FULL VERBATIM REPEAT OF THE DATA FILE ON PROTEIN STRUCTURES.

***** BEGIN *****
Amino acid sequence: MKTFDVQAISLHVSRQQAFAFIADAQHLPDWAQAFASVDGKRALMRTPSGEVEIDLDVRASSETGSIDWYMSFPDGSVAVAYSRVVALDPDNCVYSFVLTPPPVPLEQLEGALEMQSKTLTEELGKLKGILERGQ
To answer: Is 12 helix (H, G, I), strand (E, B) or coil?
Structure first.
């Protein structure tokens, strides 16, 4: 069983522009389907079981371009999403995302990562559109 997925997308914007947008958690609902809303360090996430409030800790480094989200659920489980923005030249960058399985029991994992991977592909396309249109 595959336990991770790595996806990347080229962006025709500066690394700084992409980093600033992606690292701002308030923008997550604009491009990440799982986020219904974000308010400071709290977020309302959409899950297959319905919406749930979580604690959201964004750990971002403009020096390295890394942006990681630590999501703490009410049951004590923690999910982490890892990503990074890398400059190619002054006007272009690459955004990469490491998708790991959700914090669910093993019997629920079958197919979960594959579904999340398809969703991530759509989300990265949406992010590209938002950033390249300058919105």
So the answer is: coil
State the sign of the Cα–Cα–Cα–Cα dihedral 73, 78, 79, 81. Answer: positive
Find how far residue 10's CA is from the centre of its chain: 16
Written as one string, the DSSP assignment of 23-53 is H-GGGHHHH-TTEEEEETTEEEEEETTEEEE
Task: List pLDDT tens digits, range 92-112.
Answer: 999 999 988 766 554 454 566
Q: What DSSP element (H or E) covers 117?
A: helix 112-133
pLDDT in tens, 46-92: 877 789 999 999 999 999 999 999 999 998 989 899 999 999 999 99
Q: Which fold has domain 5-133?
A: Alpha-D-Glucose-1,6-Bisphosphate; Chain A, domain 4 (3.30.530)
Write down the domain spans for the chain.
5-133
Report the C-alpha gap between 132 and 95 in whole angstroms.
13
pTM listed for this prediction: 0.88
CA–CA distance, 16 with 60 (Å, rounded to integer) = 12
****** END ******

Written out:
Amino acid sequence: MKTFDVQAISLHVSRQQAFAFIADAQHLPDWAQAFASVDGKRALMRTPSGEVEIDLDVRASSETGSIDWYMSFPDGSVAVAYSRVVALDPDNCVYSFVLTPPPVPLEQLEGALEMQSKTLTEELGKLKGILERGQ
To answer: Is 12 helix (H, G, I), strand (E, B) or coil?
Structure first.
């Protein structure tokens, strides 16, 4: 069983522009389907079981371009999403995302990562559109 997925997308914007947008958690609902809303360090996430409030800790480094989200659920489980923005030249960058399985029991994992991977592909396309249109 595959336990991770790595996806990347080229962006025709500066690394700084992409980093600033992606690292701002308030923008997550604009491009990440799982986020219904974000308010400071709290977020309302959409899950297959319905919406749930979580604690959201964004750990971002403009020096390295890394942006990681630590999501703490009410049951004590923690999910982490890892990503990074890398400059190619002054006007272009690459955004990469490491998708790991959700914090669910093993019997629920079958197919979960594959579904999340398809969703991530759509989300990265949406992010590209938002950033390249300058919105």
So the answer is: coil
State the sign of the Cα–Cα–Cα–Cα dihedral 73, 78, 79, 81. Answer: positive
Find how far residue 10's CA is from the centre of its chain: 16
Written as one string, the DSSP assignment of 23-53 is H-GGGHHHH-TTEEEEETTEEEEEETTEEEE
Task: List pLDDT tens digits, range 92-112.
Answer: 999 999 988 766 554 454 566
Q: What DSSP element (H or E) covers 117?
A: helix 112-133
pLDDT in tens, 46-92: 877 789 999 999 999 999 999 999 999 998 989 899 999 999 999 99
Q: Which fold has domain 5-133?
A: Alpha-D-Glucose-1,6-Bisphosphate; Chain A, domain 4 (3.30.530)
Write down the domain spans for the chain.
5-133
Report the C-alpha gap between 132 and 95 in whole angstroms.
13
pTM listed for this prediction: 0.88
CA–CA distance, 16 with 60 (Å, rounded to integer) = 12